Mileva: Your saga gave me a taste for writing three years ago. But for the past few months, it's been a bit of a desert. Do you have any tips for fighting white page syndrome?
If a novel project is close to your heart, maybe try a different approach. For example, what helps me personally is the dynamics of the characters. If I can understand what motivates them, what drives them forward, what pushes them to take risks or, on the contrary, what hinders them, the way they evolve each other, all this creates tremendous motor energy!
What also helps me is to think about the opposing force: if your character has a motivation, put obstacles in his way – an antagonist, an internal conflict, an event out of control – and explore with him how he will try to overcome, bypass or flee from them. This friction between your character's desire and the opposing force is the backbone of your plot: if you are aware of the issues, it helps to know where you are going.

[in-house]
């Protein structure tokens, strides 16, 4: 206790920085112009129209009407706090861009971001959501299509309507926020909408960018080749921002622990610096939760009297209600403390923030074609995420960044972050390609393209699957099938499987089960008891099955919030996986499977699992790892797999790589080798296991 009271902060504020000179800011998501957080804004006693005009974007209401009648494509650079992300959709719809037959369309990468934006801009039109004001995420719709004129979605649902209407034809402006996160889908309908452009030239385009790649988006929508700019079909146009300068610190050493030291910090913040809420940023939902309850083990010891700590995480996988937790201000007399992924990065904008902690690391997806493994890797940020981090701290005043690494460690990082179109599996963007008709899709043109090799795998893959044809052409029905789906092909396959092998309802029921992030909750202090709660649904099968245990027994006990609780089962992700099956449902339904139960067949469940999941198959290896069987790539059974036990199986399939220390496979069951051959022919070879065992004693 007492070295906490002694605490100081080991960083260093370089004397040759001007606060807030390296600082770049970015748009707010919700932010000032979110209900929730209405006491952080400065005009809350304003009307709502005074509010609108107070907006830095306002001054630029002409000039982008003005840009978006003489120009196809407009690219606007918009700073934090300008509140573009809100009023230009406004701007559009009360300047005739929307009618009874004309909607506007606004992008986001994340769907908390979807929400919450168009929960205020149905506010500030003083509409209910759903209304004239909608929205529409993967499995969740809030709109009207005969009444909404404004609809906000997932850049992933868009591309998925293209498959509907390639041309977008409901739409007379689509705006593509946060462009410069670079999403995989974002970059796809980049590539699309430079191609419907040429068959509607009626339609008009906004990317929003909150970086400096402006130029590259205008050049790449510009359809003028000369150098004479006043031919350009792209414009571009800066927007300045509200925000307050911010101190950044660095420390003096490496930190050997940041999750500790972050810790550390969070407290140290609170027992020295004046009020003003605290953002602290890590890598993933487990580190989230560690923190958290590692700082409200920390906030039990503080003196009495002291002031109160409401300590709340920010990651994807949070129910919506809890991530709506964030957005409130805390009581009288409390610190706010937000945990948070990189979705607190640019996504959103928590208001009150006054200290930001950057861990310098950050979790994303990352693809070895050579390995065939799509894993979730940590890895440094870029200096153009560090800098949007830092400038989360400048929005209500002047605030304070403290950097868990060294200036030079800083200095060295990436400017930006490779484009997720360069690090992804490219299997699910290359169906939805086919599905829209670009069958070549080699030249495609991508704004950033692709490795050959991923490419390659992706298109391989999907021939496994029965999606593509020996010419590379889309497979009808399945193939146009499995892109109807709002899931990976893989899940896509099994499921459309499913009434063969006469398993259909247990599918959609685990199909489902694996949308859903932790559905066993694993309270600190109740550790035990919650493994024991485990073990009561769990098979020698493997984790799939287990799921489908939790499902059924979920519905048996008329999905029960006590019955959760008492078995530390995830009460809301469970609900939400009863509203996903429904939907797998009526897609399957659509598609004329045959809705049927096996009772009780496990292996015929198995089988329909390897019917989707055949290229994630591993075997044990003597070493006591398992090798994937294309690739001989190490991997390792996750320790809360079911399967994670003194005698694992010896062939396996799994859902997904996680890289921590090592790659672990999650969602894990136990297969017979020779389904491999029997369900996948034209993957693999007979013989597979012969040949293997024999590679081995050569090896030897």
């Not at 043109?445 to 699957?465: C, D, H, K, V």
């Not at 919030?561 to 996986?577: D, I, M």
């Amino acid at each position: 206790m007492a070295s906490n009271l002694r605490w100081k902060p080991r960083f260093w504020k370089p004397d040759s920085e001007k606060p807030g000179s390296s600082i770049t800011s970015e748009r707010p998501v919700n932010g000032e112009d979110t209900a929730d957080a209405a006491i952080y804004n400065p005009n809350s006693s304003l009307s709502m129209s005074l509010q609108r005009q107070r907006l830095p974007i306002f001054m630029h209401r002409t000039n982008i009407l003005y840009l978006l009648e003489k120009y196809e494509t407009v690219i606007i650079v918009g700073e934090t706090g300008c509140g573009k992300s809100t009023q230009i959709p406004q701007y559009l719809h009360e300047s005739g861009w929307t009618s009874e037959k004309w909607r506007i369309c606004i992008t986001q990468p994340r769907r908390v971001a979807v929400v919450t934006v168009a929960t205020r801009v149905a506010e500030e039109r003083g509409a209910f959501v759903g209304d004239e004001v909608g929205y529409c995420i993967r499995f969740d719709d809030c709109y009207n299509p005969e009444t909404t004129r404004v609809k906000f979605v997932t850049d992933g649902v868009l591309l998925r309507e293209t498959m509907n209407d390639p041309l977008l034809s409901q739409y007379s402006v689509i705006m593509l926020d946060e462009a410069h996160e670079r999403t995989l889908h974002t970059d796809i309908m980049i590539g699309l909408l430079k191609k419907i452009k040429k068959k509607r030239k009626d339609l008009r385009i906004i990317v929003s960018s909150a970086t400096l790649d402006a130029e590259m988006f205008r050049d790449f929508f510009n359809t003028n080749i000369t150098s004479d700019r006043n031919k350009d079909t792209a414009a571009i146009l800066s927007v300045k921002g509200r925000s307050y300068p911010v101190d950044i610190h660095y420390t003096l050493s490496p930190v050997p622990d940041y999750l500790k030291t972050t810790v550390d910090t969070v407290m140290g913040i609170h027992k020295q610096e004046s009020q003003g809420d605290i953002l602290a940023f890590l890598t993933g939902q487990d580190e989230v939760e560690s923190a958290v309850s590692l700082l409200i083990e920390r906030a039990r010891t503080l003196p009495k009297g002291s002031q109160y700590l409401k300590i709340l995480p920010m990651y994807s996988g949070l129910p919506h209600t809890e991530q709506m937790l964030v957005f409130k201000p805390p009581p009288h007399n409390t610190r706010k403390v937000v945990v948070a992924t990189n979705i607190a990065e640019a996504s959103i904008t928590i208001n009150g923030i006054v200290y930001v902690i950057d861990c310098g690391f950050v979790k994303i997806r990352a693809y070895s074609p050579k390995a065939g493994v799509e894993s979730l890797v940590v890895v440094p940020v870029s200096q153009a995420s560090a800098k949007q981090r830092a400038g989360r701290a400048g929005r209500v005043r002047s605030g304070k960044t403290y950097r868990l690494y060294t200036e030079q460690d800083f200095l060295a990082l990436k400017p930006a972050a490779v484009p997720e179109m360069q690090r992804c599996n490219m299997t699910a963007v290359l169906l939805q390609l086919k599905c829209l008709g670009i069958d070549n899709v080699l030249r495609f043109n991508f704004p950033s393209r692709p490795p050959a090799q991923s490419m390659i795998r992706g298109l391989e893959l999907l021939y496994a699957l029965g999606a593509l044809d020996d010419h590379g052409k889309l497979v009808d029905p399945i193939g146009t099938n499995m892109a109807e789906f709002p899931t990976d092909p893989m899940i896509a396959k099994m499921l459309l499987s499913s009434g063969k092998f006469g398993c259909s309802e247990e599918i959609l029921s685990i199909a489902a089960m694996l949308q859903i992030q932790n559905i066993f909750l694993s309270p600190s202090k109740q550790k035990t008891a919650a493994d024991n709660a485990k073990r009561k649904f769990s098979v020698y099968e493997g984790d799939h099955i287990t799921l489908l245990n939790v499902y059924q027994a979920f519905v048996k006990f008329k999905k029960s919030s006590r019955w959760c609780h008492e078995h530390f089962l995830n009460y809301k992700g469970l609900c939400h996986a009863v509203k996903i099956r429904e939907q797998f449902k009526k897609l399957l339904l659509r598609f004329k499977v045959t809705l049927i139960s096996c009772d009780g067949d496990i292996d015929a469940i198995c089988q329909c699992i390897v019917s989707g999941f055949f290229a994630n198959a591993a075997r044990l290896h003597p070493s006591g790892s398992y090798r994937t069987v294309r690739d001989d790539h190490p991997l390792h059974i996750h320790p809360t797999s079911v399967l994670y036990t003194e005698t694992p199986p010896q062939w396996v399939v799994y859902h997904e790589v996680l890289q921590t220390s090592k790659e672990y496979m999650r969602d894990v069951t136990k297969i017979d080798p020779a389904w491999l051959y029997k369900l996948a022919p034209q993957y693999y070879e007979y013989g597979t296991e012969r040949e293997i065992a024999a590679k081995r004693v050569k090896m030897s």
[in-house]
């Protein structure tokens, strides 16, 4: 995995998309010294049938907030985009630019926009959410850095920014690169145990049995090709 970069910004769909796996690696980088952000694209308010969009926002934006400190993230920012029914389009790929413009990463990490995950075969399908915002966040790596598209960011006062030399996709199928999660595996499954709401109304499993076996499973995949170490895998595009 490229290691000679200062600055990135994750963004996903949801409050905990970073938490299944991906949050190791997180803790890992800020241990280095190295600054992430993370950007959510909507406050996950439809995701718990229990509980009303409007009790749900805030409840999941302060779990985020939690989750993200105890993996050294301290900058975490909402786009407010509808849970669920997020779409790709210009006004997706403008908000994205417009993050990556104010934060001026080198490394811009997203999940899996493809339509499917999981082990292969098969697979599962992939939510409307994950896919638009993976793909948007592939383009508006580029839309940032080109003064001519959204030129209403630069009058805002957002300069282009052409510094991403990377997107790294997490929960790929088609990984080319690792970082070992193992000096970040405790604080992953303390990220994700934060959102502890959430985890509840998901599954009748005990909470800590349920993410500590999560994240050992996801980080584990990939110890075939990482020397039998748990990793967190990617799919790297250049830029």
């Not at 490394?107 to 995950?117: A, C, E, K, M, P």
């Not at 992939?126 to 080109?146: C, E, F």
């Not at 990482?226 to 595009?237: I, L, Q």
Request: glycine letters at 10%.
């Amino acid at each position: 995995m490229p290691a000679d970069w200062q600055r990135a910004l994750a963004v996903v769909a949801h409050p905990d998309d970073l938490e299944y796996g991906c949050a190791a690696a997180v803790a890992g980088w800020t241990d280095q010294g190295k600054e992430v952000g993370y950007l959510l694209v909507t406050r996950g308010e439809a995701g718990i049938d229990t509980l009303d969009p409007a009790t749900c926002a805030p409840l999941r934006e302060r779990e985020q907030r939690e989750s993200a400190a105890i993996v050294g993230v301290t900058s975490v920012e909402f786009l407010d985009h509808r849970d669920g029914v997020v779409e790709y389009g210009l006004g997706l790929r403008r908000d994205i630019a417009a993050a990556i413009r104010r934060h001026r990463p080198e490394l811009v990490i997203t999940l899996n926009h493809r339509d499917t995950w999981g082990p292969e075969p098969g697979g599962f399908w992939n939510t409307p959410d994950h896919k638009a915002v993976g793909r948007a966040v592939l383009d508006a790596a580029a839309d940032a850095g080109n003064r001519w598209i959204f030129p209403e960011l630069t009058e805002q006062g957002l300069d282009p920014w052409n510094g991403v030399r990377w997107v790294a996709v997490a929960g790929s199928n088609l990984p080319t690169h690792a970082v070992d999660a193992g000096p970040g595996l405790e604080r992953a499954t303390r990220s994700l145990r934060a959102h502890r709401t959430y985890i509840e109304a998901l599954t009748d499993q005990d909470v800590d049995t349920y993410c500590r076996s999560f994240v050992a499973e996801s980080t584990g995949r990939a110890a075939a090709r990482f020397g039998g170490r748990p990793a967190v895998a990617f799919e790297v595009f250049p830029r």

A translator who loves Ophélie: Your books have also been a huge success abroad. Have you read their translations? Have you had contact with translators?
I only read the Spanish translation of the first volume; I am not good enough in languages to read all the translations, alas! But I am in contact with several translators, yes. Some people are so keen to be faithful to my intention that they send me many questions for this or that use of words. And my belgicisms disturb a little too, sometimes!
Lohën: I have lots of loose ideas, which confinement invites me to put on paper. However, this period keeps me from focusing on anything for a long time. Do you have any tips and tricks?